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Brooklyn Street Art

…loves you more every day.

Inner Damonsional Street People

Posted on August 21, 2008

Damon Ginandes Brings Everybody Inside

A smoldering volcano for street art and artist culture in the last couple of years, Red Hook, Brooklyn provides fertile post-industrial soil for an actual growing bohemia. Thanks largely to its’ difficult accessibility by public transportation Red Hook is having an additional millisecond to germinate as a creative utopia before gentrification paves it.

Ginandic Figures in the Window

Ginandic Figures in the Window

Brooklyn-based street artist Damon Ginandes hails from Red Hook and gets up in a big way; You might have seen his giant murals on Degraw Street in the last year –12′ tall and 60′ long (spray paint and latex acrylic); backed by an uncommon sight of figure-adorned windows in an abandoned building, perhaps a prescient preamble to the Electric Windows installation in Beacon NY this spring.

Recently sighted by Juxtapoz as an emerging artist worth noting, Ginandes for the first time brings his work into the air conditioning at the Williamsburg whitebox Artbreak Gallery. This premier solo show using Murals, canvasses, relief, sculpture (wood and wire), latex acrylic — is a solid introduction to his mixed media chops and to a finely drawn world.

Loggerhead

Loggerhead

The style of rendering, the elastic scale, and forlorn expressions are part cubist portraiture, part “Nightmare Before Christmas”. Having worked in film post-production the past few years, Ginandes is now pursuing his original love (and education) and is doing his art full-time.

High Chair

High Chair

As with his street work, “Dimensionals” is viewed best in person – line drawings and washes of figurative schemes that might once have been secreted away in your coffeehouse journal now literally burst out into 3-D.

The inner life of the sketch book comes to action, figures refusing to be constrained by canvas; craning their craniums atop long necks nearly bending into one another. These inanimate animations are multiple characters from the same family (or geneticist lab), gawking wistfully and wanfully at you, or blankly somewhere else; their gender not quickly discerned.

Mixed media relief on wood, 40" x 92"

Brooklyn Street Art: How would you describe the figures and personalities of the characters in your work?

Damon Ginandes: In many ways I’m still getting to know my characters. Recently a friend of mine described them “portraits of souls” which I think is pretty accurate. I also like to think of them of distant relatives of ours, completely other-worldly, yet distinctly human. Our culture tends to define identities in a large part by external facades — our social networks, jobs, appearances, etc. — however, those factors tell little about the real being underneath. I try to strip my characters down to their most raw essence. Through their quiet, mysterious expressions, I seek to capture a subtle range of complex human emotions, which allow for a broad range of interpretations, ambiguous enough so that the viewer is left to uncover his/her own meaning. Their similar appearances serve to create a collective emotional effect, however each individual character conveys a deeply solitary and distinct inner world. Also, caught between the 2d and 3d (dimension), the characters themselves appear to be reacting to their own spatial ambiguity.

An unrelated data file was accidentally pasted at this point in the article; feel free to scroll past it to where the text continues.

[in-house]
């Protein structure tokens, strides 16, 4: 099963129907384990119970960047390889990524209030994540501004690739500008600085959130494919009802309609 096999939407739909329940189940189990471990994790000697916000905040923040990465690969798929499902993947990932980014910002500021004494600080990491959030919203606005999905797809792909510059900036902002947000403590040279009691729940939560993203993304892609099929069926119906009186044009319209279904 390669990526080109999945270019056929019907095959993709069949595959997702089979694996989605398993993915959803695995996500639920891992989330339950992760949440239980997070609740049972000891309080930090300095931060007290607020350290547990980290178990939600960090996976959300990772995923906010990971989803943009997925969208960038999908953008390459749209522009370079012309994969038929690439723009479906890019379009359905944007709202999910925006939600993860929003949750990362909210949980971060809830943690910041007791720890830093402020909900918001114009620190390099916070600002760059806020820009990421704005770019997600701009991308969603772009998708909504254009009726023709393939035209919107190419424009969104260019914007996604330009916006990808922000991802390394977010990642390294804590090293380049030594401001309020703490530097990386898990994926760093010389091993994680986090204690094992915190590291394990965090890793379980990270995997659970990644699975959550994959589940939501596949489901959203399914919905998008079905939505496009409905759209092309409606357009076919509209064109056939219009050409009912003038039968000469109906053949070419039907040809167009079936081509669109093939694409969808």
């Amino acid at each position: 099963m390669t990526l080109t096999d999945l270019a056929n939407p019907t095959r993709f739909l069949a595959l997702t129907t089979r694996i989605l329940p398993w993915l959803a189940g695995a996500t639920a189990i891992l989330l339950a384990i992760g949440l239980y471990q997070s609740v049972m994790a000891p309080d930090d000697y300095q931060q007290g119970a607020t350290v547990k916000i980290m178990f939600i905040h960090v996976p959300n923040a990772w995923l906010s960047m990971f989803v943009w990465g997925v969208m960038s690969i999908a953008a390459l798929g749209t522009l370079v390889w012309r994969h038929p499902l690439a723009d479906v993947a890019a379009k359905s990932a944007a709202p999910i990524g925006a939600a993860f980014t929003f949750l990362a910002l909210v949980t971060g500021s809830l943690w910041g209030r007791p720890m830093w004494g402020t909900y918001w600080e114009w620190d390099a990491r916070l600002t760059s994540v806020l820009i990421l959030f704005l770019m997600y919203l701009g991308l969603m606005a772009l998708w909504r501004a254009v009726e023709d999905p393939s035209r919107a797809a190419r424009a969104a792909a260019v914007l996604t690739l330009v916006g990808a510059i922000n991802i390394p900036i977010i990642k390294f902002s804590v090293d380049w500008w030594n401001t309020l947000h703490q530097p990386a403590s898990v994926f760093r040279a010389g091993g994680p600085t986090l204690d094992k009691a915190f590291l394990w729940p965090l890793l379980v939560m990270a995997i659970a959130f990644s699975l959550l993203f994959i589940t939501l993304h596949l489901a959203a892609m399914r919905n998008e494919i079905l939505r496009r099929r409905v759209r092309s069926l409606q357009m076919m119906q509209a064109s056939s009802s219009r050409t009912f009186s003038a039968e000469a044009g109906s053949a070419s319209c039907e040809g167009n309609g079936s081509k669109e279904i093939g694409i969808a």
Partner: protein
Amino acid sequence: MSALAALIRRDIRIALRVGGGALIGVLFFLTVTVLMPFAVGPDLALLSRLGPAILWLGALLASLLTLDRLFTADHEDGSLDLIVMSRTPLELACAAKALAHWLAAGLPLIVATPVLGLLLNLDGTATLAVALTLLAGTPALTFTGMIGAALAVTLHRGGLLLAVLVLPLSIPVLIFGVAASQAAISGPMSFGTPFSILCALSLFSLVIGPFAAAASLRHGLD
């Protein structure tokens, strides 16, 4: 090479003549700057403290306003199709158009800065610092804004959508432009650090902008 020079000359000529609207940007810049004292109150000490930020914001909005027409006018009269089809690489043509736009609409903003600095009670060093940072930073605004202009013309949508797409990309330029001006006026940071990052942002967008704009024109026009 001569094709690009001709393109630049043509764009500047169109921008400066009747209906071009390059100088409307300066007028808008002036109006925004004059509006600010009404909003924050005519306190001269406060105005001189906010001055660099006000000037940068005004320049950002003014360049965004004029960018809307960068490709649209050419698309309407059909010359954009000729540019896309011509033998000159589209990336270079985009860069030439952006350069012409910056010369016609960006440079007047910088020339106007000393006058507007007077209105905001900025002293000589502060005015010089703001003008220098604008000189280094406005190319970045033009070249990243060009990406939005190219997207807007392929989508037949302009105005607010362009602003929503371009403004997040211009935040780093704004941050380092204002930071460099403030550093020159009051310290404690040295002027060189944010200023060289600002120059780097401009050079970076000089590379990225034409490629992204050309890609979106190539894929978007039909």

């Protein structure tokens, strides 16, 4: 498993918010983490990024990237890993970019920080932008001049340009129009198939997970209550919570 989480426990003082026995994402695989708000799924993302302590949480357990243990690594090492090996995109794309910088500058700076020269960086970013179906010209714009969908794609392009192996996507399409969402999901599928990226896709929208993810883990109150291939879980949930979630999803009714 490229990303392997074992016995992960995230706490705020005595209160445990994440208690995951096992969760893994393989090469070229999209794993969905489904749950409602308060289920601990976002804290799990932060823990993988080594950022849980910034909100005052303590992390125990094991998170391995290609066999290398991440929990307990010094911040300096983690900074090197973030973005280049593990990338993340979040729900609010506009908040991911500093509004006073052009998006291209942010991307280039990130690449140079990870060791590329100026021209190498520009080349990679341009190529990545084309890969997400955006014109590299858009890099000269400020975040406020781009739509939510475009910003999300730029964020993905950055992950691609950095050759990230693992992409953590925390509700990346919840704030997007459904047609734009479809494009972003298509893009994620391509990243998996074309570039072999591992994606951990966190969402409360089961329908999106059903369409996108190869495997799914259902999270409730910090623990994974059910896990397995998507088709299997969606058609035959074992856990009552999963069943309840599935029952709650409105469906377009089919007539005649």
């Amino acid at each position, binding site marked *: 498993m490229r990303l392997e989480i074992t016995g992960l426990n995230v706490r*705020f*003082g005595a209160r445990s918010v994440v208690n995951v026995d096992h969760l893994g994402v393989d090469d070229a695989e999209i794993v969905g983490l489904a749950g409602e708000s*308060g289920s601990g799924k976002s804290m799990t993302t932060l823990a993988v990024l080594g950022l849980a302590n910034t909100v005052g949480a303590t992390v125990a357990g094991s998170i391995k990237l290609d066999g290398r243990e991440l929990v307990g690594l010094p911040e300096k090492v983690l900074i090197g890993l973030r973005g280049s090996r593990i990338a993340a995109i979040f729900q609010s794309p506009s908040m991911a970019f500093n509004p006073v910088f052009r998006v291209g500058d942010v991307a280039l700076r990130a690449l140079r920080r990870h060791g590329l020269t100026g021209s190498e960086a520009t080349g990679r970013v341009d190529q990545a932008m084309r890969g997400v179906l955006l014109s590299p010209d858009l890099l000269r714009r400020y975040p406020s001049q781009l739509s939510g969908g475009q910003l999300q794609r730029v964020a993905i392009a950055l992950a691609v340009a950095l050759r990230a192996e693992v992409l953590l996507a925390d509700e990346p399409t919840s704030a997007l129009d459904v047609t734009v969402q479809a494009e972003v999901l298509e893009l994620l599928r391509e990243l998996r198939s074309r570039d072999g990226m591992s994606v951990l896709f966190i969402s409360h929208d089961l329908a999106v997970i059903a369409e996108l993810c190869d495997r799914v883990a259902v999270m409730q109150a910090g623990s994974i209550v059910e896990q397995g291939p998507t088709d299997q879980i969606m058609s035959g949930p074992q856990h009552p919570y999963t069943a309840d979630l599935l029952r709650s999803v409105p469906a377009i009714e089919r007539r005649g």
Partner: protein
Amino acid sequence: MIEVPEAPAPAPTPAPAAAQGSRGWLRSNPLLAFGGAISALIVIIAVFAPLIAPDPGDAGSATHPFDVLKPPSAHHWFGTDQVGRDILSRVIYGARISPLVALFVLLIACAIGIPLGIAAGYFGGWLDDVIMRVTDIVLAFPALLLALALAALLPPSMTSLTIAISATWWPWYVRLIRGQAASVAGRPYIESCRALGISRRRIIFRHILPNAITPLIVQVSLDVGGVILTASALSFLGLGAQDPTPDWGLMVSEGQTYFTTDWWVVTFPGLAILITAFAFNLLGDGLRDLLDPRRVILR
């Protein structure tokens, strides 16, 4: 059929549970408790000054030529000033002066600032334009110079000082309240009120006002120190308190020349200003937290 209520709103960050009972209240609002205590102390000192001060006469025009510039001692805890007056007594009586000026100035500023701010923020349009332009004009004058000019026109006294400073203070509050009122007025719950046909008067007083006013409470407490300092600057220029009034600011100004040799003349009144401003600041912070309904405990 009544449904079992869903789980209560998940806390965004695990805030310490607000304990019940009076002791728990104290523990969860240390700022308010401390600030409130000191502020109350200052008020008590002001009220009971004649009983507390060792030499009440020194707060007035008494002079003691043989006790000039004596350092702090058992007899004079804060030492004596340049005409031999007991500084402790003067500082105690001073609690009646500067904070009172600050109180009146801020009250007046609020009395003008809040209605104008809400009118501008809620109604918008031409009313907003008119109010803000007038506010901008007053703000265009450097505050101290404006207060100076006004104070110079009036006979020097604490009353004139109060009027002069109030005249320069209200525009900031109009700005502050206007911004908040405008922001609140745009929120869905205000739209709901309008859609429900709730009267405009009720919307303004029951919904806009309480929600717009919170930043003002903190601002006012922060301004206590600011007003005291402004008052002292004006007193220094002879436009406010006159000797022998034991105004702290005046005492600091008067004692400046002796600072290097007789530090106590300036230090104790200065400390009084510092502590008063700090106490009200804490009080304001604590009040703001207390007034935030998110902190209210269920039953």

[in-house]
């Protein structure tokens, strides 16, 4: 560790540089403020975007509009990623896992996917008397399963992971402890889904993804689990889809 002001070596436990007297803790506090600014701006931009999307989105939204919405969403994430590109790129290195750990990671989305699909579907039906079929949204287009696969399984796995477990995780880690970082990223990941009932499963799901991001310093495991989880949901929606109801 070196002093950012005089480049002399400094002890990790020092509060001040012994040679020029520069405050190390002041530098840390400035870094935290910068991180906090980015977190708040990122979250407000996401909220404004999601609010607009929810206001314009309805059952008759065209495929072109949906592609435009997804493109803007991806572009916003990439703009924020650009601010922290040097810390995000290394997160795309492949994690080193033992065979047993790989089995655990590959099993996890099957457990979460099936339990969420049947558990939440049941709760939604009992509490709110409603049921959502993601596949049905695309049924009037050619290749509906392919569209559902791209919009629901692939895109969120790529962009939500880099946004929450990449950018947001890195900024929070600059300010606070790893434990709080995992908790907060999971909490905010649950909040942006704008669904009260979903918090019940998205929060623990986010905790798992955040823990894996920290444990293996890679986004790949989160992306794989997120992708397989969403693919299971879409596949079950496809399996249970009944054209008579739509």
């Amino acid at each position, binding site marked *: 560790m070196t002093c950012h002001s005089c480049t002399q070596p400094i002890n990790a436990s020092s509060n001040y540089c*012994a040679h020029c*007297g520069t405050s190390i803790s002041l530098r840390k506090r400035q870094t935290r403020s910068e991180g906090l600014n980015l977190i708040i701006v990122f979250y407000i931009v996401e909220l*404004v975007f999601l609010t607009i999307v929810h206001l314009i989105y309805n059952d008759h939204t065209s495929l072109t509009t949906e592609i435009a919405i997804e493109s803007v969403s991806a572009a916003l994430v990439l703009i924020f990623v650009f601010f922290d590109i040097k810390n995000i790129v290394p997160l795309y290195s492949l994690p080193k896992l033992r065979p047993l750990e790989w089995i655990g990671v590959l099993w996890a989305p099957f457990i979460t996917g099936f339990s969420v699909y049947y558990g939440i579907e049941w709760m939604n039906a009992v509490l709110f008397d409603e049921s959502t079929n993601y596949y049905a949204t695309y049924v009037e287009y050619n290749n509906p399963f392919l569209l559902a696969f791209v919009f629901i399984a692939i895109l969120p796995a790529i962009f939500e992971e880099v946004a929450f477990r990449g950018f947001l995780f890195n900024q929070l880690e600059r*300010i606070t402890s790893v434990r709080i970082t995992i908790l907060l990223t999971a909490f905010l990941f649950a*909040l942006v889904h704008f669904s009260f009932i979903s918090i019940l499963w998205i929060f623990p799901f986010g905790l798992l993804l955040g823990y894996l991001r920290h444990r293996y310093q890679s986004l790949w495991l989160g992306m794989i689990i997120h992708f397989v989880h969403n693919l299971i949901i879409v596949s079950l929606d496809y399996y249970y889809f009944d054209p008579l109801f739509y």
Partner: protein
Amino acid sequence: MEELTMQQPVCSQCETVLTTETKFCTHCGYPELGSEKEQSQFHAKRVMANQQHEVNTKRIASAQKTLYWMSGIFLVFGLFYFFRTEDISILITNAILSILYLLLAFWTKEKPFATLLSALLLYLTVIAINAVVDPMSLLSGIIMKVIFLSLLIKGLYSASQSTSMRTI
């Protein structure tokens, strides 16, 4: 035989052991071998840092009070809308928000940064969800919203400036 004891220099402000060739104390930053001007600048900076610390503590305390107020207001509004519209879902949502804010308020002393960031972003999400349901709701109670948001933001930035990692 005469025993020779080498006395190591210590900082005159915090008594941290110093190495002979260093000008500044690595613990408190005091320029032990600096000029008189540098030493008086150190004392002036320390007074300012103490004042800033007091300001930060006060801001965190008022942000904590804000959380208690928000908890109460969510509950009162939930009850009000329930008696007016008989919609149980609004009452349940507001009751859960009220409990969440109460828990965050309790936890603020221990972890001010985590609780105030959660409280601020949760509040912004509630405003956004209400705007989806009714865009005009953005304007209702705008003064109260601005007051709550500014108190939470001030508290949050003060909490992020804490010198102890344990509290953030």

Brooklyn Street Art: How would you describe the difference between having an indoor gallery show and putting up the giant mural in a public outdoor space?

Damon Ginandes: A gallery is a controlled white space, so you don’t have to worry as much about context… you essentially create your own context. And there’s the converse — the challenge of integrating the public piece into (and hopefully altering) the pre-existing surrounding environment.

There is also the obvious difference that a public piece reaches a much broader range of people than a gallery show does. When painting my mural on Degraw Street, neighborhood kids, truck drivers, construction workers, other artists, locals, you name it, would stop and watch me paint, and provide their own interpretations. That is the best feeling, when people who aren’t ordinarily “art-goers” openly connect with the work — often because they’re the most enthusiastic.

Brooklyn Street Art: What are 3 things we should know about you and your work?

Damon Ginandes:
1. From what people tell me, my personality is quite different than you might expect based on my work.

2. I can’t stand it when people talk about food for long periods of time.

3. Among my biggest influences — Alberto Giacometti, Egon Schiele, Lee Bontecou — my style can also be traced back to my interest in 1990′s NYC graffiti and fascination with the Liquid Television animated shorts of Aeon Flux as an early teenager.

Brooklyn Street Art: What’s coming up for you?

Damon Ginandes: I’m in a group show entitled “Outside In” in London in Oct-Nov with a bunch of street artists from all over the world. I’m working on proposals for murals in NYC and Amsterdam among other places.

“Dimensionals” is showing through September 2nd at Artbreak Gallery

195 Grand Street, 2nd Floor
(betw. Bedford and Driggs Ave.)
Williamsburg, Brooklyn, 11211
www.artbreakgallery.com

For more on Damon Ginandes work or updates on his whereabouts, see
www.damonginandes.com
His photostream on Flickr is here